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'The Voice' recap: Charlotte Sometimes, Mathai and more

February 21, 2012 |  9:25 am

'The Voice' contestant Charlotte Sometimes

As blind auditions on this season's "The Voice" rolled through what was, approximately, their seventh and eighth televised hour Monday night, even the show's coaches were beginning to look a little fatigued. They barely had it in them to insult each other and squabble over contestants for their teams. And who can blame them? How many times must they tell us how much pickier they're being this year? How many times must they spell out for us that a singer really needs to be someone special to catch their attention?

On the bright side, the blind audition phase does seem to be nearing its end. At the beginning of Monday's show, all four coaches -- Adam Levine, Cee Lo Green, Christina Aguilera and Blake Shelton -- had a handful of spots to fill on their teams. And by the end, three of them -- Levine, Shelton and Aguilera -- had only two spots left; Green had three.

Here's who got picked up:

Jonathas, whose family emigrated from Brazil when he was 5 and who taught himself English by listening to music. He has a pretty wife and young kids he doesn't want to let down, he explained. And when the coaches saw how his version of Usher's "U Got It Bad" got the audience dancing, first Green and then Aguilera spun around to contend for him. Jonathas and Green had the same watch, but nevertheless, the contestant opted for Aguilera. "I was in fifth grade when 'Genie in a Bottle' came out," he told her. "I've always had the hots for you." I guess that little flirtation didn't count as letting his wife and kids down?

Monique Benabou, whose mother had been diagnosed with breast cancer when the singer was 12, but was there with her for auditions. She wants to help her family by doing well on "The Voice." Mercifully, her "Mr. Know It All" spun at least Aguilera, who said she had a nice tone and a good control of pitch, and sounded "strong."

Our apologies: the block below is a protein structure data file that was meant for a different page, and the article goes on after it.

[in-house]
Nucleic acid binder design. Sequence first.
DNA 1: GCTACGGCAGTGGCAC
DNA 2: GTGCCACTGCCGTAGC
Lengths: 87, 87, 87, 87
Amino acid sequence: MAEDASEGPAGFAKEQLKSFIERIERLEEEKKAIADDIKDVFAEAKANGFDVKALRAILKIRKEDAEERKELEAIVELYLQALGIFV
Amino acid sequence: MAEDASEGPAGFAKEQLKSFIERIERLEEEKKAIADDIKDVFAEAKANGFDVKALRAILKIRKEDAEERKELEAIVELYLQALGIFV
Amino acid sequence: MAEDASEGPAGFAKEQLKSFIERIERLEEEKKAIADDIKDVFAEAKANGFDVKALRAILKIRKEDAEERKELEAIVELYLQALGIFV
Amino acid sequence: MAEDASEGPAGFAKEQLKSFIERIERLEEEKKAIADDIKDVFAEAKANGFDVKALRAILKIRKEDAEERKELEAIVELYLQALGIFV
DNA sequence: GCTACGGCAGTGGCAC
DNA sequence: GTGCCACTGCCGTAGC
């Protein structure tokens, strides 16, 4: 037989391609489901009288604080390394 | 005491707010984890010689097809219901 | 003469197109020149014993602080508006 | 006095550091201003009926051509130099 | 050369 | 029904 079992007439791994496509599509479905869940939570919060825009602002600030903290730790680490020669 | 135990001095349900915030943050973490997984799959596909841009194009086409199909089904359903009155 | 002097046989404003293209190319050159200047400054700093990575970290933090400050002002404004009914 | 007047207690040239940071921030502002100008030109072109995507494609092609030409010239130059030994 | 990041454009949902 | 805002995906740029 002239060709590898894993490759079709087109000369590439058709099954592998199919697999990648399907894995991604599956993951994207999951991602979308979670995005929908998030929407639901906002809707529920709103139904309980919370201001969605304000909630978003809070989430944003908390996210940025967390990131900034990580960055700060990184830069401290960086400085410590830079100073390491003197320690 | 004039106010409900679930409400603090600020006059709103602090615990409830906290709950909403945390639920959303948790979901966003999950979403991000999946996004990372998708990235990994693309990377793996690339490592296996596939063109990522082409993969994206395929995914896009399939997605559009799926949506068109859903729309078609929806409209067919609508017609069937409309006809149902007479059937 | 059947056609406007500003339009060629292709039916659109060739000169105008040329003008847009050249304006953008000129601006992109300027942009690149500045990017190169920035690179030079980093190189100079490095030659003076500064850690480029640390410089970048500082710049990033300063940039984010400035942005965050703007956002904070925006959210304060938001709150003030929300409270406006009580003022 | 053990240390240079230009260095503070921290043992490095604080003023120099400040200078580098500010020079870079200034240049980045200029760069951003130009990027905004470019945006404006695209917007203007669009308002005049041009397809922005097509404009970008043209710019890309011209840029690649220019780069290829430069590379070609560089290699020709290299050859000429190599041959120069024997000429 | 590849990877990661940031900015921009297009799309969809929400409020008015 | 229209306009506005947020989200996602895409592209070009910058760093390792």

Naia Kete, a Santa Monica street musician with a pretty smile and long, earth-mother dreads who told us she's spent her life "dreaming and singing and writing" music. After just a few notes of her "The Lazy Song," Shelton hit his button, then tried to keep the other coaches from doing the same. But before the song ended, Green had spun around too. "Hello there, Earth angel," Green cooed. "I pushed my button for you." To which Kete responded, "Cee Lo you push all my buttons, I got to say." Levine noted it was the first time he'd heard that kind of "overt flirtation" coming to Green, rather than from him. But even though Kete was clearly a huge Cee Lo fan, she went with Shelton, who said her voice made him "happy."

Charlotte Sometimes, a fetching brunet from Wall, N.J., who, at some point, had a disease that affected her jaw. It might have fractured at any point. There was the possibility that she'd never be able to sing again. No matter, even when her jaw was wired shut, she told us, she still wrote music and hummed along. She has recovered enough to sing a version of "Apologize" that spun all four judges. But after much coach preening and prodding, Sometimes made a choice even she, apparently, didn't expect to make: Shelton. He gloated and predicted that she will be a "star."